Reconstructing Women’s Thoughts: The Women's International League for Peace and Freedom Before World War II

Front Cover
Stanford University Press, 1997 - Social Science - 211 pages
A study of the women who led the United States section of the Women's International League for Peace and Freedom in the interwar years, this book argues that the ideas of these women--the importance of nurturing, nonviolence, feminism, and a careful balancing of people's differences with their common humanity--constitute an important addition to our understanding of the intellectual heritage of the United States.

Most of these women were well educated and prominent in their chosen fields: they included Jane Addams and Emily Greene Balch, the only two United States women to win Nobel Prizes for Peace; Jeannette Rankin, the first woman elected to the U.S. Congress; and Dorothy Detzer, the woman who prompted the investigation of the munitions industry in the 1930's. The ideas of these women were not usually expressed in forms conventionally studied by intellectual historians. On the whole, their ideas must be teased out of organizational records, statements of principle and policy, and personal correspondence. When combined with an understanding of the personal backgrounds of the WIL leaders and placed in the context of early-twentieth-century America, these documents tell us what these women thought was important and why.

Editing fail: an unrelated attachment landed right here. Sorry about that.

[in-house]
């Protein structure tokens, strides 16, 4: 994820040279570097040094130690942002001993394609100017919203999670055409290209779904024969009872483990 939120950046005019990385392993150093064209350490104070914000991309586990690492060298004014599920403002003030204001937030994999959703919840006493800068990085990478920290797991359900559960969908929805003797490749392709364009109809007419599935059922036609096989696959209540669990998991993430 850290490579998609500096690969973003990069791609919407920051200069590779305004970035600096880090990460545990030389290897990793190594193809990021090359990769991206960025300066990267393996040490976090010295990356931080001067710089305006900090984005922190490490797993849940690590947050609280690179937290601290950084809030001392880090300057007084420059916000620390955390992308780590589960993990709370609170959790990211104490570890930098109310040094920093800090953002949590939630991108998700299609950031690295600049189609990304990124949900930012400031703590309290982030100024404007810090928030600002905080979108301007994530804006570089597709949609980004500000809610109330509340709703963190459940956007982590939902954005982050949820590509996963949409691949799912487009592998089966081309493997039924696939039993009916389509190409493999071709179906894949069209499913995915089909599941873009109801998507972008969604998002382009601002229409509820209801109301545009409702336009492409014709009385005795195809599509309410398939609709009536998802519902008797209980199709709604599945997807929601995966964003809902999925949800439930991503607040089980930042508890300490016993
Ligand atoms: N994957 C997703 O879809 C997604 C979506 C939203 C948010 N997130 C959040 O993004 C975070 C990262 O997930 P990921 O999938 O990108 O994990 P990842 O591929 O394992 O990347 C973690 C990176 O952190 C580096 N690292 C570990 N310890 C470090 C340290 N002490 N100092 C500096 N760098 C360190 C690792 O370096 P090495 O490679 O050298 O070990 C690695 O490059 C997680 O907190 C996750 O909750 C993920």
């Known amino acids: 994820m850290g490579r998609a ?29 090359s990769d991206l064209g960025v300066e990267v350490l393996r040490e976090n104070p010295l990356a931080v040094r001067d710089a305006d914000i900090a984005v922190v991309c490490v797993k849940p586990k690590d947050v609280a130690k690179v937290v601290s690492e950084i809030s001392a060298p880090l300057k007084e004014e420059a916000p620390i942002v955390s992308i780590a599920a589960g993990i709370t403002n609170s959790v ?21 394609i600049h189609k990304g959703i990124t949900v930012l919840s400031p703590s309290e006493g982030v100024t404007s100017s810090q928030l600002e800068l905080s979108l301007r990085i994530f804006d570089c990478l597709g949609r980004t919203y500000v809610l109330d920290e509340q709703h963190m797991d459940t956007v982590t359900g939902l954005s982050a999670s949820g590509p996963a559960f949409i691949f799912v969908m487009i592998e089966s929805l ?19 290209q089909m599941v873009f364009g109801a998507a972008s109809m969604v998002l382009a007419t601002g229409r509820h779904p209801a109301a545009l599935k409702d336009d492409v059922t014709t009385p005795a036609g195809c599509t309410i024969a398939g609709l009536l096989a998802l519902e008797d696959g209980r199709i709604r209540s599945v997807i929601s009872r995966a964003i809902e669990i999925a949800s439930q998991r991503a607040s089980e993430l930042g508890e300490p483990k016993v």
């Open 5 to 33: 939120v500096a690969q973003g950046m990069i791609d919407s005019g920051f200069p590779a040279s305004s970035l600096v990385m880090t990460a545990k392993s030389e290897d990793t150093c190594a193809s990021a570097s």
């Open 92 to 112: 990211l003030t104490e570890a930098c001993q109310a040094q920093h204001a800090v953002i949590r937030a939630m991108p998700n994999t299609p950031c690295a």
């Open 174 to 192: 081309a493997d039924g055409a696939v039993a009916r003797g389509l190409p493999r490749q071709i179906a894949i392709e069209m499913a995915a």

The ideas of the WIL leaders are also analyzed in the context of the intellectual themes of Victorianism and modernism. Our understanding of these themes has been based largely on the work of privileged European and American men, and the ideas of women often fit uncomfortably into these traditional categories. A reconstruction of the ideas of the WIL leaders suggests that historians have overlooked an important, alternative intellectual tradition in the United States. To understand and appreciate women's thoughts, we must dissolve the old constructs and let new, multifaceted ones replace them.



Introduction I
The Early Ideas
Unity Among Women 1915
Differences Among Women 19151919
Unity Within Diversity 19191924
Nurturing and Nonresistance 19191941
Nonviolence and Social Justice 19191941
The Implications of Reconstructing Womens Thoughts

Common terms and phrases

About the author (1997)

Linda K. Schott is Associate Professor of History and American Studies, and Director of the Center for the Study of Women and Gender, at the University of Texas at San Antonio.

Bibliographic information